Our troubles were not over then either, as once we had relocated each other at Delhi airport, the car that was supposed to meet us was not there, and once we had managed to reach our hotel under our own steam, there was no booking either! However, these obstacles did not prove unsolvable, and we were soon checked in, and in my case it was not long before I was immersing myself into Indian birding again in the delightful Lodi Gardens, originally set up by Lady Willingdon, wife of the then Viceroy, in 1936.

A Ground Squirrel in the Lodi Gardens, Delhi

Rosemary trying on a new set of clothes in Delhi

Two days later, at 05.00 AM, we found ourselves heading to the station to catch the Shatabdi express to Kathgodam, following the very same route that my grandparents and my father used to take back in the 1920s and 30s. Several other participants of the festival were also on board, and we spent a pleasant five hours or so trundling across the flat Indian plains, spotting the Himalayan foothills through the haze only just before we reached the railhead at Kathgodam.

Here there was some panic, as a consignment of sixty copies of “Tripwire” had been sent there by taxi, and I was supposed to meet the driver, transfer the books to another vehicle in which I would be travelling, and then head up to the venue of the KLF at Dhanachuli. However, there was no sign of that vehicle, and it was only after a lot of telephoning and detective work that it became clear that the driver who was supposed to pick Rosemary and me up did indeed have the books, but he had gone off with other passengers to another hotel. A book launch with no books was not a prospect I relished, but eventually I connected with them two days later.

The festival was a wonderful opportunity to meet and network with like-minded people, and we both thoroughly enjoyed the experience. The first three days were held high in the Himalayan foothills, at Dhanachuli, and a more precipitous location could hardly have been chosen, with more steps than years Rosemary has lived!

A distant view of the high Himalayas from our accommodation

On the third morning, we transferred to the hill station of Nainital, which has long and evocative links with my family, so it felt somewhat like a home-coming. The venue here was the delightful Abbotsford, an old colonial property set among towering trees above the bustling town and lake.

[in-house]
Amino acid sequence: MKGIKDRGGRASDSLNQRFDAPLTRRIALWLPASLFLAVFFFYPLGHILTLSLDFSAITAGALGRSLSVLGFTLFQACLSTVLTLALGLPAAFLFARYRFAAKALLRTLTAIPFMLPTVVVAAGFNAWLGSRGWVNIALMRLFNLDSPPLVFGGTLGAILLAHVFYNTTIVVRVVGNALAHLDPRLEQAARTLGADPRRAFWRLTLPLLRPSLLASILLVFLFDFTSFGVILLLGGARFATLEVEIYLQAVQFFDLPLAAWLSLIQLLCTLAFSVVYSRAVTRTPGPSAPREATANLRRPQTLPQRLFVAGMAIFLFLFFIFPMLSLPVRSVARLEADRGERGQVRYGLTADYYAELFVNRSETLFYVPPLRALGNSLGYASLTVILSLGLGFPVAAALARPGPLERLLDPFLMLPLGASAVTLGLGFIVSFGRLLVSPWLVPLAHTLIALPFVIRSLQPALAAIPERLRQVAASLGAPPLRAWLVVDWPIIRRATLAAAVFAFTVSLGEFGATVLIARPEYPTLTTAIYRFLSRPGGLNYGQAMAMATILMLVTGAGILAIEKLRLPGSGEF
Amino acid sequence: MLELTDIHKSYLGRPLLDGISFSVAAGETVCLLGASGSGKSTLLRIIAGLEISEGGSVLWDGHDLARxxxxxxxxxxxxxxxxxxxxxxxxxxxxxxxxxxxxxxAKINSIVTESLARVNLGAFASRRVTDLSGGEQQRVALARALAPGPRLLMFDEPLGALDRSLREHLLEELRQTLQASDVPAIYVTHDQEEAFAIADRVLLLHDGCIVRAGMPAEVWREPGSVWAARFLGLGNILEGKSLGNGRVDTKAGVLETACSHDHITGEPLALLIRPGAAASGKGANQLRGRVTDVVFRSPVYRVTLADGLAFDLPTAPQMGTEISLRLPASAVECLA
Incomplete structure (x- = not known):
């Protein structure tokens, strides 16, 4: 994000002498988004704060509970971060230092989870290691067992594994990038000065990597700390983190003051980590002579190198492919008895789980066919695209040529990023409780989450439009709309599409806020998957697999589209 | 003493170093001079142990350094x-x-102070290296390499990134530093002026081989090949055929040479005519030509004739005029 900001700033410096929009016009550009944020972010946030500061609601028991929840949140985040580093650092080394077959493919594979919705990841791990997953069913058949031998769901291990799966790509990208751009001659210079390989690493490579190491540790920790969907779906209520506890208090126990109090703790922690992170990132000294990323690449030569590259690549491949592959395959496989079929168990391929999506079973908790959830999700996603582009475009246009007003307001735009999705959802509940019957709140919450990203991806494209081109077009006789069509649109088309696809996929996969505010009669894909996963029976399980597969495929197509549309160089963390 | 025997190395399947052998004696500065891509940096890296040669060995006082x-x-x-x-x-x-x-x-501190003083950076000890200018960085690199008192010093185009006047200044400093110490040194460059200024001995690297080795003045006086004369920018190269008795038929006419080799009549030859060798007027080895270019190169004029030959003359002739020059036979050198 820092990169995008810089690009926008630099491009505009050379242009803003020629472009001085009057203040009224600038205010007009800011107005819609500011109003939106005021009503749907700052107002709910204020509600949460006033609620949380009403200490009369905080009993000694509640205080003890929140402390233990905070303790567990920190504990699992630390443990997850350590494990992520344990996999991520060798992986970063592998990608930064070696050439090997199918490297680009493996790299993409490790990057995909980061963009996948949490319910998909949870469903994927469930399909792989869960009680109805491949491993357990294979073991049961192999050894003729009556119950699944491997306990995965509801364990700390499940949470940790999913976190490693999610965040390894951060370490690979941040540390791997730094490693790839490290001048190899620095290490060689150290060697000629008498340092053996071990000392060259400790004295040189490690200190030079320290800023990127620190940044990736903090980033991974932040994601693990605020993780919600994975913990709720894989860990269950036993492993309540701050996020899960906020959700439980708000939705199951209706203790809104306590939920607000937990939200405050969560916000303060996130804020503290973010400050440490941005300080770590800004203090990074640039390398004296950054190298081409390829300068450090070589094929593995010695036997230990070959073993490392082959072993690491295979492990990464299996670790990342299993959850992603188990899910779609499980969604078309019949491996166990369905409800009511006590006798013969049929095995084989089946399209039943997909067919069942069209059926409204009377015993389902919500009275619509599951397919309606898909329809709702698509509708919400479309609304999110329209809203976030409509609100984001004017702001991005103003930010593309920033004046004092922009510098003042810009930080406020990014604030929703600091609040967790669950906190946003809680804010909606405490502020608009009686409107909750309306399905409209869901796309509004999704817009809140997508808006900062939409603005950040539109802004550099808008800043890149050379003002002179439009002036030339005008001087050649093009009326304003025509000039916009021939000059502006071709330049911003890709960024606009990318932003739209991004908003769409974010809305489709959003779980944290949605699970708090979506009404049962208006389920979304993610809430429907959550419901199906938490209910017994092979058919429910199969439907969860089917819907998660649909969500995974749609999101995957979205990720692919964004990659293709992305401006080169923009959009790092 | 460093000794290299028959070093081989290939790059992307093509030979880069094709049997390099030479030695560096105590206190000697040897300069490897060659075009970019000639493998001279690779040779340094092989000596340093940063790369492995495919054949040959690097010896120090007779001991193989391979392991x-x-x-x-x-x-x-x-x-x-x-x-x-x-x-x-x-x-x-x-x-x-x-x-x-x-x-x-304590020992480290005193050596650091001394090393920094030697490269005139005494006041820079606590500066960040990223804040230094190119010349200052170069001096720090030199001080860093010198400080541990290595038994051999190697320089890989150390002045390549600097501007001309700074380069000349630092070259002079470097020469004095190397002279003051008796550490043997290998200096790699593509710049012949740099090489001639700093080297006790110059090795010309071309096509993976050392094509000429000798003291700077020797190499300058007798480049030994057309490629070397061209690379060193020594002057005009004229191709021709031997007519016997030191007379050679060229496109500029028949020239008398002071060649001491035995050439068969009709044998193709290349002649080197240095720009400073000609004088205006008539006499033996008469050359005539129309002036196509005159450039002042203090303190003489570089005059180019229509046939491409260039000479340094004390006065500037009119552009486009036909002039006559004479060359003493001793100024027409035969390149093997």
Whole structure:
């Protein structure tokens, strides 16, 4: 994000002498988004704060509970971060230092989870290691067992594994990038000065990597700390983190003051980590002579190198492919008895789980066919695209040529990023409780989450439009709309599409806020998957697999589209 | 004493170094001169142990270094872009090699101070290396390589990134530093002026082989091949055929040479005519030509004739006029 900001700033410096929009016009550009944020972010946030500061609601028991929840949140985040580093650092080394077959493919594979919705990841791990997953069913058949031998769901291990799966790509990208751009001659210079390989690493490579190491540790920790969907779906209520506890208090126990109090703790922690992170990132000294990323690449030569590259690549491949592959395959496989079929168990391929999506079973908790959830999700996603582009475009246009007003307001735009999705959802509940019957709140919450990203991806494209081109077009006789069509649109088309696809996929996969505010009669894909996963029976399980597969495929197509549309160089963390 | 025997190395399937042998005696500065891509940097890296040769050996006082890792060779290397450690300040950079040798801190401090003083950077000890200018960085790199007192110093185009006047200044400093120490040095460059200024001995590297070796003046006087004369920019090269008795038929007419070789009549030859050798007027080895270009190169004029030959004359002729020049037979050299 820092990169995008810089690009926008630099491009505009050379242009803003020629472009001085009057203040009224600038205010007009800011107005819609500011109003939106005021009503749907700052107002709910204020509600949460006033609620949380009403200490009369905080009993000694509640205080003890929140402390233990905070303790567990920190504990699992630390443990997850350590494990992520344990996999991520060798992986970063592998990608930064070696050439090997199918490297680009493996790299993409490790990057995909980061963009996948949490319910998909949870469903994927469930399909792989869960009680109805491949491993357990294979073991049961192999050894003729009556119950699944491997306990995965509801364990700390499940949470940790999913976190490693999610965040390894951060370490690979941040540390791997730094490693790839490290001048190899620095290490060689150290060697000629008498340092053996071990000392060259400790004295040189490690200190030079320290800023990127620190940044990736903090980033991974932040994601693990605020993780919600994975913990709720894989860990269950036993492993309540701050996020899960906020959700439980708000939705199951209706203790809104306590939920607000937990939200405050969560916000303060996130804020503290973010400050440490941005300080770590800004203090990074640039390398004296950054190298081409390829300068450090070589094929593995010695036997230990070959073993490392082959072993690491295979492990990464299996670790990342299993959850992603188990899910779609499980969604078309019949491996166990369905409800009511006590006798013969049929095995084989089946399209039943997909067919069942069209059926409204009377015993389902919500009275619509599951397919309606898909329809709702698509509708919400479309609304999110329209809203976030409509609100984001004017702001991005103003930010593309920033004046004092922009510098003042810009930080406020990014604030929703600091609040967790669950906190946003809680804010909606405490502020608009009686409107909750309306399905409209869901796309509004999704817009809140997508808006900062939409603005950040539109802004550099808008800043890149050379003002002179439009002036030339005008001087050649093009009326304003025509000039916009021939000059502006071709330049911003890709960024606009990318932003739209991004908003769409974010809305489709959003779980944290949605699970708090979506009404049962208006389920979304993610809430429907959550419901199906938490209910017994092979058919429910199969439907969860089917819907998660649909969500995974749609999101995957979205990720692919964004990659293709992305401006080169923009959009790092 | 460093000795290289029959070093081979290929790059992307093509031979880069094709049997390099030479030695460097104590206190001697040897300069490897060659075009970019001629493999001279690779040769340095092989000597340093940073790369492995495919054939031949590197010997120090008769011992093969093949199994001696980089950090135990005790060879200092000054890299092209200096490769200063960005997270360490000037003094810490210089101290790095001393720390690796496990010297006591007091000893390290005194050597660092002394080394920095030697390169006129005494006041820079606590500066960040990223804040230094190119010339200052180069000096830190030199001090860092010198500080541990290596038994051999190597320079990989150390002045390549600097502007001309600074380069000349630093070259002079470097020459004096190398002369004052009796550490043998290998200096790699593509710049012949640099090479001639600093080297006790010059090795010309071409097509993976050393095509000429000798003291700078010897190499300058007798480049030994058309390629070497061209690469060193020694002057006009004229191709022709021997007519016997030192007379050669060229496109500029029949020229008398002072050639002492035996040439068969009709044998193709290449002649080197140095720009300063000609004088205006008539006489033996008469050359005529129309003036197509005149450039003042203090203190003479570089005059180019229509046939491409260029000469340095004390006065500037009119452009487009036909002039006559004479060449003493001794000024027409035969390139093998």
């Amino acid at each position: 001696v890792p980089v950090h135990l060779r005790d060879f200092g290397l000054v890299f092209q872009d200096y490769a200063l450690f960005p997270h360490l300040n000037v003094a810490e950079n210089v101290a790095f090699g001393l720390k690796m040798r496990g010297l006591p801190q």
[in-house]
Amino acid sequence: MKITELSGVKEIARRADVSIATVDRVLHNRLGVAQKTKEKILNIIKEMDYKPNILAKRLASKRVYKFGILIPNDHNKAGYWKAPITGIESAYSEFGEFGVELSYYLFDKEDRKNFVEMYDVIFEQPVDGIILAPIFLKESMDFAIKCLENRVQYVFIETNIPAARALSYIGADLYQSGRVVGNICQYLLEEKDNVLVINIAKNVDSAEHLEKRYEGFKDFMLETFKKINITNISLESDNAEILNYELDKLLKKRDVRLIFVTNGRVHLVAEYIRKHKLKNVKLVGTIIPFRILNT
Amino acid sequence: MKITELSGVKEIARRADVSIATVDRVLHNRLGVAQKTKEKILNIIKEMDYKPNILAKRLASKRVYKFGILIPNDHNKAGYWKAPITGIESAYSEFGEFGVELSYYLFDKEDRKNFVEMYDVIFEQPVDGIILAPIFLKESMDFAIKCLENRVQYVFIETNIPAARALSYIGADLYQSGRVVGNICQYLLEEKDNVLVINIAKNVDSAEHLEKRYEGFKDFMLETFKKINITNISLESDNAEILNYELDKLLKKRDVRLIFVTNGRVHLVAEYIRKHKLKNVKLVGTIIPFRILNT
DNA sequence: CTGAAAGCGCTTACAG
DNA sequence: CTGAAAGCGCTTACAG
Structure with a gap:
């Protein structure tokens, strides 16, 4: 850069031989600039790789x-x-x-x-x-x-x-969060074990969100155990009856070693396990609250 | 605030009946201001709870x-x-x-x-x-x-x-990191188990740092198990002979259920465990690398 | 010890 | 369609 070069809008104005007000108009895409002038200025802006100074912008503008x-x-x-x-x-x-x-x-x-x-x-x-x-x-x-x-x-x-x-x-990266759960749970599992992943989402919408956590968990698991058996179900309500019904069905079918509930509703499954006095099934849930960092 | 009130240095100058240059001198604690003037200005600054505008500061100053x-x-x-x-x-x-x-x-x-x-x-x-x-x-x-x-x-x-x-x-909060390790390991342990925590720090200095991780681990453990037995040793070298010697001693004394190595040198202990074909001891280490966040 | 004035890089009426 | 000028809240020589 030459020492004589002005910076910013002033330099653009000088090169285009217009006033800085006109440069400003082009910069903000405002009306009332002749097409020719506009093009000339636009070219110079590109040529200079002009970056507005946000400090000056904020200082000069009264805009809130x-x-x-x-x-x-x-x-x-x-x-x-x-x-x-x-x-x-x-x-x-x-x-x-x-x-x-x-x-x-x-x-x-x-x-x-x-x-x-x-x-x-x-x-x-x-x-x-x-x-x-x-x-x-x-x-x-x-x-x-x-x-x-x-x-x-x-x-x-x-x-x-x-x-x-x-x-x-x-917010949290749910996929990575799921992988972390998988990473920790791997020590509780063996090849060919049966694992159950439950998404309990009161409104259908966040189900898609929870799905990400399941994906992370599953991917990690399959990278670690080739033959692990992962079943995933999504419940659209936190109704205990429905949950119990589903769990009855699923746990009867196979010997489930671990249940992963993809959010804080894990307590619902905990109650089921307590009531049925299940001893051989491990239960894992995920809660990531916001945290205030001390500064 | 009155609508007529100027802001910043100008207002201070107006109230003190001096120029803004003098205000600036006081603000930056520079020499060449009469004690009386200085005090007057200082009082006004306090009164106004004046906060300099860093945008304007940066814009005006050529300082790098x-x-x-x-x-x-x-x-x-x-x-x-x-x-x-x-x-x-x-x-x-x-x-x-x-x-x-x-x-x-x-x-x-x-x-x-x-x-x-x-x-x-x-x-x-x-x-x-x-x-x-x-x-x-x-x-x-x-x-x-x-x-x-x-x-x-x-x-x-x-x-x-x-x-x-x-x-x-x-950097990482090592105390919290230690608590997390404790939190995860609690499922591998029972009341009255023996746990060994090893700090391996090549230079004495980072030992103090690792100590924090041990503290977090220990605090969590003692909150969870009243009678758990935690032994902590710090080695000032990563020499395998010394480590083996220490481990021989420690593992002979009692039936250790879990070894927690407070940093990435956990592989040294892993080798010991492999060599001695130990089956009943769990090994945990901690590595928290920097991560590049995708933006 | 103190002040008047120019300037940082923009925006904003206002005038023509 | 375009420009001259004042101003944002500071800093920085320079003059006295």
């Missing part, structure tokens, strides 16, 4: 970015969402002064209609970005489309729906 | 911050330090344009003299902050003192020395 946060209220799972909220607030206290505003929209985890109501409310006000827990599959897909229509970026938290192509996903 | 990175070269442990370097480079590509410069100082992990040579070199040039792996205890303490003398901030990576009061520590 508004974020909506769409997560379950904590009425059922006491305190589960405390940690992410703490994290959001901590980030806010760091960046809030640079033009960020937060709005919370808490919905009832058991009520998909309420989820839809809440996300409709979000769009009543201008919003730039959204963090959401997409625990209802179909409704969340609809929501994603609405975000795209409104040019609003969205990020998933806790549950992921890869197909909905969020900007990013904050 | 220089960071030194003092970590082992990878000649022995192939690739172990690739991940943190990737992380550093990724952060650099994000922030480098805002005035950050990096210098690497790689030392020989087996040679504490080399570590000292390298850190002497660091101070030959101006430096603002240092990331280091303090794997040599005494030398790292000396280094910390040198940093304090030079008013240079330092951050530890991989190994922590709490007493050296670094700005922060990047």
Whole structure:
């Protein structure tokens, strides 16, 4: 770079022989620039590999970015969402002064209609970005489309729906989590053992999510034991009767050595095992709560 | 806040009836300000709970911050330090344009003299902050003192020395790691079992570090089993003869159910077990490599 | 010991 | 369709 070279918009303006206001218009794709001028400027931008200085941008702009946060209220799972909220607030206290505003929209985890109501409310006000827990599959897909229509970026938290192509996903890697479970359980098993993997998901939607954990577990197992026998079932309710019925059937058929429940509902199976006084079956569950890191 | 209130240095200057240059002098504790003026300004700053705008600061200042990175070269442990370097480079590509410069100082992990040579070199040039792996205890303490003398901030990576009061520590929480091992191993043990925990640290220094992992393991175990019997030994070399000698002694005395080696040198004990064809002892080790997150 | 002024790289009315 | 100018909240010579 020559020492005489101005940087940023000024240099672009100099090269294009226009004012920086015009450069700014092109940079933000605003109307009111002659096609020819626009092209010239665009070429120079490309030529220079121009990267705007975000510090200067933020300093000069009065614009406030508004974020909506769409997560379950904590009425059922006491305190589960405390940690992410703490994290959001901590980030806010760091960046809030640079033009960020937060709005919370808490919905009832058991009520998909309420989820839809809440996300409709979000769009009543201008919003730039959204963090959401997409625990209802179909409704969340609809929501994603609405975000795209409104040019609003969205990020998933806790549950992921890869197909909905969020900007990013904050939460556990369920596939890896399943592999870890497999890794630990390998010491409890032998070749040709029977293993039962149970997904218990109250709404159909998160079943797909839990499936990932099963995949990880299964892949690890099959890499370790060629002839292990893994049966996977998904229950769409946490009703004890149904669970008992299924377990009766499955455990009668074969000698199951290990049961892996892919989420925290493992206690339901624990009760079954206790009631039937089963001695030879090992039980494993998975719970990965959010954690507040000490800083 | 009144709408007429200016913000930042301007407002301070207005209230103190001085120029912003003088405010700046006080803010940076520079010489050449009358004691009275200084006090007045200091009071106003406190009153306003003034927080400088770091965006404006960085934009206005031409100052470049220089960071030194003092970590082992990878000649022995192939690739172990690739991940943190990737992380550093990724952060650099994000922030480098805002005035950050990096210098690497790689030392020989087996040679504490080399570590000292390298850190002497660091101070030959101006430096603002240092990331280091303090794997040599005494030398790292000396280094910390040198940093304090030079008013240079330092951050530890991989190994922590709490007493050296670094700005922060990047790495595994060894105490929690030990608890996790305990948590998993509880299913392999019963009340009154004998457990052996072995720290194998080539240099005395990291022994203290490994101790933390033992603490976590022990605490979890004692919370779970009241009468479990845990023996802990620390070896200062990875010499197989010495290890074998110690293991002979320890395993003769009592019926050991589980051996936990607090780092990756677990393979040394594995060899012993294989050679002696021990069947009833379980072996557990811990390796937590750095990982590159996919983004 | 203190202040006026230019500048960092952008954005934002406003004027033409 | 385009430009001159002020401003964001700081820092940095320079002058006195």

The old colonial property Abbotsford, where the festival took place

Whereas at Dhanachuli, Rosemary and I had been merely observers, here in Nainital we came into our own, and in the afternoon of the 26th October, I was honoured to share the stage for the formal Indian launch of “Tripwire for a Tiger” and a discussion on contemporary conservation issues with the Director of the Corbett National Park with Mr Sameer Sinha IFS, as well as with Rosemary.

As it was a late show, and the venue was outdoors, the chill air of this Himalayan hill-station and the darkness, plus the fact that I was immediately followed by another event, meant that I was not able to sell any books or do a signing, but the following morning, the rush began, and I found myself in the enviable position of signing copy after copy, and the books sold, as one observer jokingly put it to me, like hot curries!

Signing yet another copy of Tripwire at Abbotsford

The afternoon saw Rosemary again on stage, as part of a panel discussion on preserving wildlife, culture and heritage through literature. Interesting though this was, I had to leave shortly after it had started, as I was scheduled to perform a reading in Gurney House, former home of legendary hunter Jim Corbett.

This proved to be a highlight of the festival as far as I was concerned, and the opportunity to read two of my grandfather’s evocative articles to a highly appreciative audience was a pleasure indeed….and more books were sold!

After a final ceremonial close on the lawn of Abbotsford, the festival closed that evening, after a highly enjoyable and stimulating few days. Congratulations to Sumant Batra for having the initiative to stage such an ambitious programme in such a picturesque but logistically challenging area.